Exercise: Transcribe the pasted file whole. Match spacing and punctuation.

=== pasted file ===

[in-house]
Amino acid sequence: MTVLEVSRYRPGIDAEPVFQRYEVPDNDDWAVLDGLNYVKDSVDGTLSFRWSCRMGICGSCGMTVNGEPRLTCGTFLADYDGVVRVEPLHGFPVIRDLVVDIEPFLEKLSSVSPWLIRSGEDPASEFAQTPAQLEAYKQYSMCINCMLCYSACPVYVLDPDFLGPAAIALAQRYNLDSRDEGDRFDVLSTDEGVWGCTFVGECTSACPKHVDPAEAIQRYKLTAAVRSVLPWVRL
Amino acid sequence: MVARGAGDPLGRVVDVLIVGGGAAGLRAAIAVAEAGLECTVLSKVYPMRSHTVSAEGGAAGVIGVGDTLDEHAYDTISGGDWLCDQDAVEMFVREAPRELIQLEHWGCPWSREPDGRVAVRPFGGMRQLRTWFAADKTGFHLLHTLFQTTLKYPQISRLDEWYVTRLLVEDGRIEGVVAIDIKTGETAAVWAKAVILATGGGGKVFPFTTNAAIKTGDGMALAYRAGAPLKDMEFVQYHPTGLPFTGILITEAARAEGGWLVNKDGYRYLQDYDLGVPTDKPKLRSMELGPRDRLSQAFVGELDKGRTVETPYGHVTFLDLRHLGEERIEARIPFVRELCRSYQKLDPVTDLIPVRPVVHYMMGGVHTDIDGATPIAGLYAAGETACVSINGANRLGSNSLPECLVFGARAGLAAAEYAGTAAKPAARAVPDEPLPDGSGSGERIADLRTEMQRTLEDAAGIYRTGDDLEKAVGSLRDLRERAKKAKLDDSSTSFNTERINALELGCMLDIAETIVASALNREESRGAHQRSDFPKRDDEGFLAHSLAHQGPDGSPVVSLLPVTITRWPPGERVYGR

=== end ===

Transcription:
[in-house]
Amino acid sequence: MTVLEVSRYRPGIDAEPVFQRYEVPDNDDWAVLDGLNYVKDSVDGTLSFRWSCRMGICGSCGMTVNGEPRLTCGTFLADYDGVVRVEPLHGFPVIRDLVVDIEPFLEKLSSVSPWLIRSGEDPASEFAQTPAQLEAYKQYSMCINCMLCYSACPVYVLDPDFLGPAAIALAQRYNLDSRDEGDRFDVLSTDEGVWGCTFVGECTSACPKHVDPAEAIQRYKLTAAVRSVLPWVRL
Amino acid sequence: MVARGAGDPLGRVVDVLIVGGGAAGLRAAIAVAEAGLECTVLSKVYPMRSHTVSAEGGAAGVIGVGDTLDEHAYDTISGGDWLCDQDAVEMFVREAPRELIQLEHWGCPWSREPDGRVAVRPFGGMRQLRTWFAADKTGFHLLHTLFQTTLKYPQISRLDEWYVTRLLVEDGRIEGVVAIDIKTGETAAVWAKAVILATGGGGKVFPFTTNAAIKTGDGMALAYRAGAPLKDMEFVQYHPTGLPFTGILITEAARAEGGWLVNKDGYRYLQDYDLGVPTDKPKLRSMELGPRDRLSQAFVGELDKGRTVETPYGHVTFLDLRHLGEERIEARIPFVRELCRSYQKLDPVTDLIPVRPVVHYMMGGVHTDIDGATPIAGLYAAGETACVSINGANRLGSNSLPECLVFGARAGLAAAEYAGTAAKPAARAVPDEPLPDGSGSGERIADLRTEMQRTLEDAAGIYRTGDDLEKAVGSLRDLRERAKKAKLDDSSTSFNTERINALELGCMLDIAETIVASALNREESRGAHQRSDFPKRDDEGFLAHSLAHQGPDGSPVVSLLPVTITRWPPGERVYGR